Our Education Manager Paul Bateson wrote a piece for our 2021 festival programme. We thought we’d share it here as it sums up what a busy Summer our Education department has had:
At Long Division we believe a strong music scene is a sign of a healthy city. Culture, community, and music are the root note of everything we do.
And so, a few weeks before the 10th Long Division Festival I’m thinking back to myself and Dean
Freeman (LD festival founder and Director), and our journey in music in Wakefield. Local lads born and bred here. Making homemade radio shows in our bedrooms on cassette recorders, getting our first guitars; going to a local open mic night; then running our own DIY gigs in pubs; eventually organising a weekend long music festival in our own city centre. I’m thinking back to that first year when I said ‘yes’ to helping make the first Long Division happen, and being part of it as a volunteer, to now, when I am an employee, and I wonder –
Where are the gig goers and band makers and organisers of the future? Where are all the kids in
bands? Where’s the new music? The Wakefield scene man? As Long Division approaches it’s 10th
birthday, and I approach my 38th – once where there were regular indie nights and open mics, HMV sales, Goths at the Cathedral and lots of NMEs and Kerrang! There is now… #YoungTeam
So recently, alongside our yearly festival, we’ve spent a lot of time since our last event (in 2019)
putting our money where our mouth is and nurturing the next generation, and doing our bit (with a lot of help from other ace organisations in Wakefield) to support a strong music scene in our city. In February 2019 we launched a brand-new project: #YoungTeam that saw us gather a small group of young people from Wakefield to take part in a Silver Level Arts Award. A GCSE equivalent qualification where we shared our skills and knowledge in organising arts events both small and large scale.
It was a real success, and so after gigs and workshops, a slot on BBC radio, an article in the Guardian, and some pizzas with the young people to celebrate; we quickly got down to planning the next Young Team project for 2020.
We all know what happened then… but we’ve kept at it, sticking to our ethos, and now in 2021, I
think we’ve done #YoungTeam 2 – even better.
For a start we’ve added a new aspect:
Amplify is our brand-new band mentoring programme and over the summer we’ve teamed up some young Wakefield musicians (ages 14-18); with a professional mentors, to make some music, and perform at Long Division Festival in September! Day one saw us descend on Vortex rock bar with some wide-eyed teenagers to make some noise. ‘Teenage Kicks’ was ringing out and all was good. The young people have taken part in workshops with their mentors; Rob Crisp (Knuckle), Georgia Jakubiak (The State of Georgia, The Research), Jamie Roberts (Gilmore and Roberts) and even played a warm up gig at Lobby 1864 as part of Wakefield Artwalk – that was day two! For most of the bands members – it was their first ever gig.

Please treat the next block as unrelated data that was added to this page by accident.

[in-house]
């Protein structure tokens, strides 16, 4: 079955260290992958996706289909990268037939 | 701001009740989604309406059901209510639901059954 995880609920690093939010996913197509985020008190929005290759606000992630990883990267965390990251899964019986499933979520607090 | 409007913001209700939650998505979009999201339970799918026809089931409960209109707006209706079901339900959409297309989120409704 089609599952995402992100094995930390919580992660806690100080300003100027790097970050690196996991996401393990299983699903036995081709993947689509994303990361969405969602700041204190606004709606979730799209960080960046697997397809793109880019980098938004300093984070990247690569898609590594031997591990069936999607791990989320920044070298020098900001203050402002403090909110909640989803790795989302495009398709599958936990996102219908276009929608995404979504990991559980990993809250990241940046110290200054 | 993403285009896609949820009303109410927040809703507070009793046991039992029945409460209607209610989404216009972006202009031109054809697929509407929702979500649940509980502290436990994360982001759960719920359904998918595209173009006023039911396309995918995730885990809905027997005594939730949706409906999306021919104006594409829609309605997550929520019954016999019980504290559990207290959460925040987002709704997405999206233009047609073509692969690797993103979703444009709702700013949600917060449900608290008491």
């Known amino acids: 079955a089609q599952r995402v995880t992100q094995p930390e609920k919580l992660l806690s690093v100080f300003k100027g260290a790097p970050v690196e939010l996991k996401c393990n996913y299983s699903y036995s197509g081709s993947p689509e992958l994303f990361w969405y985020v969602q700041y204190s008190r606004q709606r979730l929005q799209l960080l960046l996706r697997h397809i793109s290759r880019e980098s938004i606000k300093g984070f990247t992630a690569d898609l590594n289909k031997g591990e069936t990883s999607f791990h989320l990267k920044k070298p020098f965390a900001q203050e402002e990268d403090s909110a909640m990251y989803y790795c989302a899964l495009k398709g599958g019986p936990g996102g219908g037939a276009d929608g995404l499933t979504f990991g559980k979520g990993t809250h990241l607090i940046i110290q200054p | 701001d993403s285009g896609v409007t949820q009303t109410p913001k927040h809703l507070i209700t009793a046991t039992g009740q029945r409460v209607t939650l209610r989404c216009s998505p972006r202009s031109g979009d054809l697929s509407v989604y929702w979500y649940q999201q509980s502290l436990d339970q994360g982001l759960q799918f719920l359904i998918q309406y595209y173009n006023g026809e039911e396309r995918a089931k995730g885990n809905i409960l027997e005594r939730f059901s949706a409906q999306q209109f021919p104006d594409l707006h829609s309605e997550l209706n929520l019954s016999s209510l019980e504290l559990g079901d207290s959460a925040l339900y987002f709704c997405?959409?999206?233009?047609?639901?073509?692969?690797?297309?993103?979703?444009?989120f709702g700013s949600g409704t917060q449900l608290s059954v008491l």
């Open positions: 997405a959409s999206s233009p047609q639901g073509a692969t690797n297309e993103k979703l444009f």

Since then they’ve rehearsed each week, attended a networking event where they met students and professionals from the music industry, shared their work in progress at a creative showcase, and attended live gigs as audience at events run by Body’s, and Philophobia Music. All of this work forms a portfolio, which counts towards a Bronze level Arts Award, and provides CV and college application material for the young people to use ongoing.
The aim was to play at Long Division Festival itself, and they smashed it! Opening the festival at The Hop on Saturday. Parents and friends and public gathered for new music from Wakefields newest bands and they did not disappoint. We’re really proud of them, and more importantly looking forward to where the bands go now and how we can support them.
The young people are currently writing up their original songs in a chord book format to share with you on our website, in the meantime look out for ‘Wasted Hours’, ‘Often the Case’ and ‘The Pearl Foxes’ as bands for the future.
We’ve also run the events organiser programme again, but this called it Access All Areas, because we think the participants get to do a bit of everything. And they get to access behind the scenes of Long Division as an organisation. We have five young creatives, do-ers, and dreamers, who have spent summer learning how to stage events, book bands, promo shows, and make things happen in Wakefield this year. It has been city-centric. Like LD. Their first day we were at Wah Wah Records buying vinyl we thought ‘changed the world’ and exhibited them with some text that very same day. One day done, one music exhibition, done. We’ve been to Wakefield Museum, Wakefield College, Wakefield Music Centre, The Art House and more; we’ve done T-Shirt printing and music making, made playlists, done a venue tour, and more.
The Access All Areas final project was to curate, coordinate, and run a free stage and workshops on Sunday in and around WX (the old market and food hall) – and they rose to the challenge.
They were there at 8am building stage, setting up tech, pinning posters, and readying their
Zac collaborated with Games Pit in Wakefield to run a table top gaming drop in, with demo games and painting. The rest of the team ran the outdoor stage, Ollie on sound, Callum playing and compering, Daisy photographer for the day and Ruby steady the ship as stage manager.
The young team booked poets and musicians and the crowds came! A great atmosphere, a truly
youth led project, and the team even had time to set it up as a fund raiser for Cystic Fibrosis Trust and raised money for that cause.
Callums now gone to Leeds Conservatoire, Daisy and Ruby are at New College and the newest
members of Wakefield Live Music meet up night. Ollie and Zac are finishing school, whilst playing in their bands and making music.
With these kids in charge, Wakefield will have a strong music scene for another few more years yet.